Review: Midsummer Night’s Dream: A Play For The Nation – The Marlowe Canterbury.

#Tweetingit – 4* A fabulous and seamless collaboration by amateurs and professionals to create one of Shakespeare’s best comedies.

In this, the year (and today date) of Shakespeare’s 400th anniversary, theatre companies are approaching Shakespeare in new and exciting ways, immersive productions, rarely performed versions, promenade performances, and tours,  trying to get as many people involved in and make people aware of Shakespeare as possible – trying to make people realise it isn’t just a dreary, must study and analyse-to-within-an-inch-of-its-life subject at school but in fact, a very entertaining piece of theatre and something for everyone.


This is exactly what the RSC are doing in a very literal way. Erica Whyman, Deputy Artistic Director of the RSC has joined professionals with amateur actors and a group of local school children to create this “Midsummer Night’s Dream A Play for the Nation.” In this huge task, Canterbury are just one of 12 regions who have joined the RSC in creating this play. By using state of the art technology, they have watched each other rehearse online and have only had a couple of weeks in person to actually perform together.


The amateurs in each part of the country are cast from all walks of life; estate agents, policeman, pub landlords. Our very own Canterbury Bottom completed the London marathon last year.  The Cardiff Flute works for the railway and Snout works in a patisserie, in London, Snug is a private hire driver and Quince a GP – just a flavour of some of the people who are combining their everyday lives with taking on this huge task.


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This lack of time to rehearse and their everyday jobs, therefore makes it even more impressive that, since I hadn’t looked at the program or read about who the amateurs were before the show (I didn’t want to make a judgement based on that knowledge.), that at the end of the first half, I had no idea who they were – just presuming that the school children playing Titania’s fairies were the only “amateurs on stage.” In fact, the amateurs were the ‘Rude Mechanicals’, a misfit group of trades people who put together the play with a play –The Tragedy of Pyramus and Thisbe – to celebrate the marriage of Theseus and Hippolyta.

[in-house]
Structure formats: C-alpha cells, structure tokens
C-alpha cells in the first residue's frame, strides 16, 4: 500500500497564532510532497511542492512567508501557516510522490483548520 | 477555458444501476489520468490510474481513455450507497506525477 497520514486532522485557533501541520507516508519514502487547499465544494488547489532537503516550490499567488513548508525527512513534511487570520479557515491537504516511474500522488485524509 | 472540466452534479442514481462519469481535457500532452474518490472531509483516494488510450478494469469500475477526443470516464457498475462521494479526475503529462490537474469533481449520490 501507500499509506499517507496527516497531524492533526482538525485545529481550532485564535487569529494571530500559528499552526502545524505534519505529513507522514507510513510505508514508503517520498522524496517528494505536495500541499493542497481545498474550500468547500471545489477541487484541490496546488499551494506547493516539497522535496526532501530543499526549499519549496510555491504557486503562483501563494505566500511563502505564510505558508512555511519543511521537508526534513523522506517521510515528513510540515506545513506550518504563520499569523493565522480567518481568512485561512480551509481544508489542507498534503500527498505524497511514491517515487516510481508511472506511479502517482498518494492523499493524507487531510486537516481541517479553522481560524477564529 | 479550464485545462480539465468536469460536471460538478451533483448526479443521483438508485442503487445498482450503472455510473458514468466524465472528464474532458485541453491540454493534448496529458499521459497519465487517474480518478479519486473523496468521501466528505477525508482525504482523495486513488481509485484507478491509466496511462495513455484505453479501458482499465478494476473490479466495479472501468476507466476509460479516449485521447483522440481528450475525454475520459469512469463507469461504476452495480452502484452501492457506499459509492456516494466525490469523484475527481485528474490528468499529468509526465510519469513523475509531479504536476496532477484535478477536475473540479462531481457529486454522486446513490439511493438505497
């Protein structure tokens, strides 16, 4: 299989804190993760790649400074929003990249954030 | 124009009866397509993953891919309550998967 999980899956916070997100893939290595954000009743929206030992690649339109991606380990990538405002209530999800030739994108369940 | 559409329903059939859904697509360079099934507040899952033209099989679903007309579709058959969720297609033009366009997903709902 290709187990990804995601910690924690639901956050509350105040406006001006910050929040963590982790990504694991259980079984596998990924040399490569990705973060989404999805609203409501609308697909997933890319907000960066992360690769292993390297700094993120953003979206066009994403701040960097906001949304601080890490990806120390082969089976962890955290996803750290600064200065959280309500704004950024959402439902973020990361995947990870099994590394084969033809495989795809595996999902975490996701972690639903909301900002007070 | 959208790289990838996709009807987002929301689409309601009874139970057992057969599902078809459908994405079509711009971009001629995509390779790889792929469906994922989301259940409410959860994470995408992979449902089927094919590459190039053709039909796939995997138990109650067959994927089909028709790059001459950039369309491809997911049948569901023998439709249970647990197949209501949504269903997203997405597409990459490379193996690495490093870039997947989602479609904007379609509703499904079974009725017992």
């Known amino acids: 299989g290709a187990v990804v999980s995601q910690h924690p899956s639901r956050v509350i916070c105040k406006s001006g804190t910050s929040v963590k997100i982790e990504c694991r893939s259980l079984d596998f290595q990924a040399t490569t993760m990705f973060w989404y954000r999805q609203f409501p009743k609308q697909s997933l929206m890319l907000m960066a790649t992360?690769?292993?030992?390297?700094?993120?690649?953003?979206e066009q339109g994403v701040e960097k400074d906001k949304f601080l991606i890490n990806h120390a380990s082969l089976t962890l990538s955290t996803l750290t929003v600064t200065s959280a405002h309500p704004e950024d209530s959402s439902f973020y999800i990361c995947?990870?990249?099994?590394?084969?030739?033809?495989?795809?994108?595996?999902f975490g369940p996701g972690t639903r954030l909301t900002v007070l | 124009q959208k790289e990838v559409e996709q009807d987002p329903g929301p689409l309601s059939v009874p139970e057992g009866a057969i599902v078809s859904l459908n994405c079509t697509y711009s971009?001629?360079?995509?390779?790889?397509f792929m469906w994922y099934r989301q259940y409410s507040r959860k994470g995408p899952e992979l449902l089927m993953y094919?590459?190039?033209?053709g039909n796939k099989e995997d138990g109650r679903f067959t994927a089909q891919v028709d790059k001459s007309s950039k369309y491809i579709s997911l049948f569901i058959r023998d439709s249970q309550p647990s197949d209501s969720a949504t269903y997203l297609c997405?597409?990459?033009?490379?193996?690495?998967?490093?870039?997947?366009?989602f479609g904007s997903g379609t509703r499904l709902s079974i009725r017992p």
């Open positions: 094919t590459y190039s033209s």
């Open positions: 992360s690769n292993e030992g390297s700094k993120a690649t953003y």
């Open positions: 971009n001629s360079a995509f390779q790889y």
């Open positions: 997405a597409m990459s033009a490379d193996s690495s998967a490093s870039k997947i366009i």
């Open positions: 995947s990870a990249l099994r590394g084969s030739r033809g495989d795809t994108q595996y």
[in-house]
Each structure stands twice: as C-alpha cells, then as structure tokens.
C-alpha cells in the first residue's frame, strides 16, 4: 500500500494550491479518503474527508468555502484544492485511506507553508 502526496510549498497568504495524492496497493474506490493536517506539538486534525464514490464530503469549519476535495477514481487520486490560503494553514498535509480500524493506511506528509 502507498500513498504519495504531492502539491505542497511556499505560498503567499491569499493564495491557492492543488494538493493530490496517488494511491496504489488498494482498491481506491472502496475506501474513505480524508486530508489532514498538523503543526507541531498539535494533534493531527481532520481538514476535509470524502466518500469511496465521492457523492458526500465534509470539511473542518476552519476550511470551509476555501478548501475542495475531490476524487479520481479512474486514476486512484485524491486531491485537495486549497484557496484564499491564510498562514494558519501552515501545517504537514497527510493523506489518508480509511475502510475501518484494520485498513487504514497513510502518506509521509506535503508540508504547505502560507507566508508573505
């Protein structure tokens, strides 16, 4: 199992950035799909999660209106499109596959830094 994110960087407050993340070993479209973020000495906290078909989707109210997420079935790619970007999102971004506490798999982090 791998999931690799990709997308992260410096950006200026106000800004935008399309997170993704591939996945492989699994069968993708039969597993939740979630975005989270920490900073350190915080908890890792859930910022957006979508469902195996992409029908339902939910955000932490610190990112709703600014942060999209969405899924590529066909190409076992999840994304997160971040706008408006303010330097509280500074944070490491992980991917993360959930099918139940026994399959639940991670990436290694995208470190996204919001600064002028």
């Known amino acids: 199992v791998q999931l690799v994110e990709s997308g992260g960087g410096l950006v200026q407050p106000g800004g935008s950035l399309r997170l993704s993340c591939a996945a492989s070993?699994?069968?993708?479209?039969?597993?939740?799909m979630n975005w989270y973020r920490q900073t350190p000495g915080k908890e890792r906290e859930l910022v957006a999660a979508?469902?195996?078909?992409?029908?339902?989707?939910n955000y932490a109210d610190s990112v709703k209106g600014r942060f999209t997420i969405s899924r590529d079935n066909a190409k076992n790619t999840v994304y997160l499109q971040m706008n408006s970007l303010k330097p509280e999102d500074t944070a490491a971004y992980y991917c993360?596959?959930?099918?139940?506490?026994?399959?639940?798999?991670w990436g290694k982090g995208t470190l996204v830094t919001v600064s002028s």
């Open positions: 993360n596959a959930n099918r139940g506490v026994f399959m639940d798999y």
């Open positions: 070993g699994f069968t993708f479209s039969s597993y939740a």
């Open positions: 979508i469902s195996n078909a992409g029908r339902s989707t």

The Mechanicals, it turns out, are six actors from the Canterbury Players – all of whom have somehow managed to fit enough rehearsal time in between their fulltime work, to be able to fit seamlessly in with the RSC actors! One in particular deserves special mention and that is Lisa Nightingale as Bottom, whose performance could easily, if she so wished, put her in any professional company. She played the attention seeking bottom with ease, her timing was excellent and she delivered every line perfectly.


On RSC’s side, there is obviously nothing but praise here. In particular, Lucy Ellinson as Puck is extremely funny, bringing great physicality and mischievousness to the role. The four lovers, Lysander (Jack Holden), Hermia (Mercy Ojelade), Demetrius (Chris Nayak) and Helena (Laura Riseborough), who get caught up in Puck’s (sometimes accidental but ultimately chuckle inducing) mischievous ways also command the stage well and get better and better as the play advances – in particular is Nayak’s Demitius, whose spell induced desperation for Hermia seems to have no bounds as he hilariously competes with Lysander for her love.



Composer Sam Kenyon – has done a fabulous job of adding music to the play, aiding the transition of scenes and adding depth to the performance, and we even got to hear a little of Lisa Nightingale’s stunning voice as a result!

Oh, a  quick “story in a nutshell” for those who don’t know Midsummer – Hermia is due to marry Demetrius – she doesn’t want to, Helena does. Hermia wants to marry Lysander. Lysander and Hermia run away to the forest, chased by Demetrius and Hermia where, Oberon sees their plight and plans to use his love flower to ensure all is fixed and Helena gets her man.



Meanwhile, Oberon wishes to play a cruel trick on Titania and makes her fall in love with Bottom, one of The Mechanicals putting on a play for the marriage of Theseus and Hippolyta, who by this point has turned into an ass. Obviously, everything does not go to plan – not when Puck is involved, everyone falls in love with the wrong person and hilarity ensues. Don’t worry, after Oberon and Puck have had their entertainment (with them quite literally at one point treating it like their own reality TV program – watching it from the stairs with a bag of sweets) it does all come right in the end.



If you miss this at the Marlowe, make a long weekend out of it and take a trip to Stratford at midsummer where the Canterbury Players are having their hard work rewarded with an additional performance there. And if you don’t manage that, definitely make the time to go to see and support the Canterbury Players in their own right – clearly they have some fantastic talent!midsummer2

Director: Erica Weyman

Composer: Sam Kenyon

Runs until 23 April 2016 when RSC continue to tour

For tickets call 01227 787787 or visit

For more information and what’s on for the Canterbury Players –

Published by Playhouse Pickings

Theatre blog run by Rhiannon; a civil servant, D&D player, sci fi fan, immersive theatre lover and gin enthusiast

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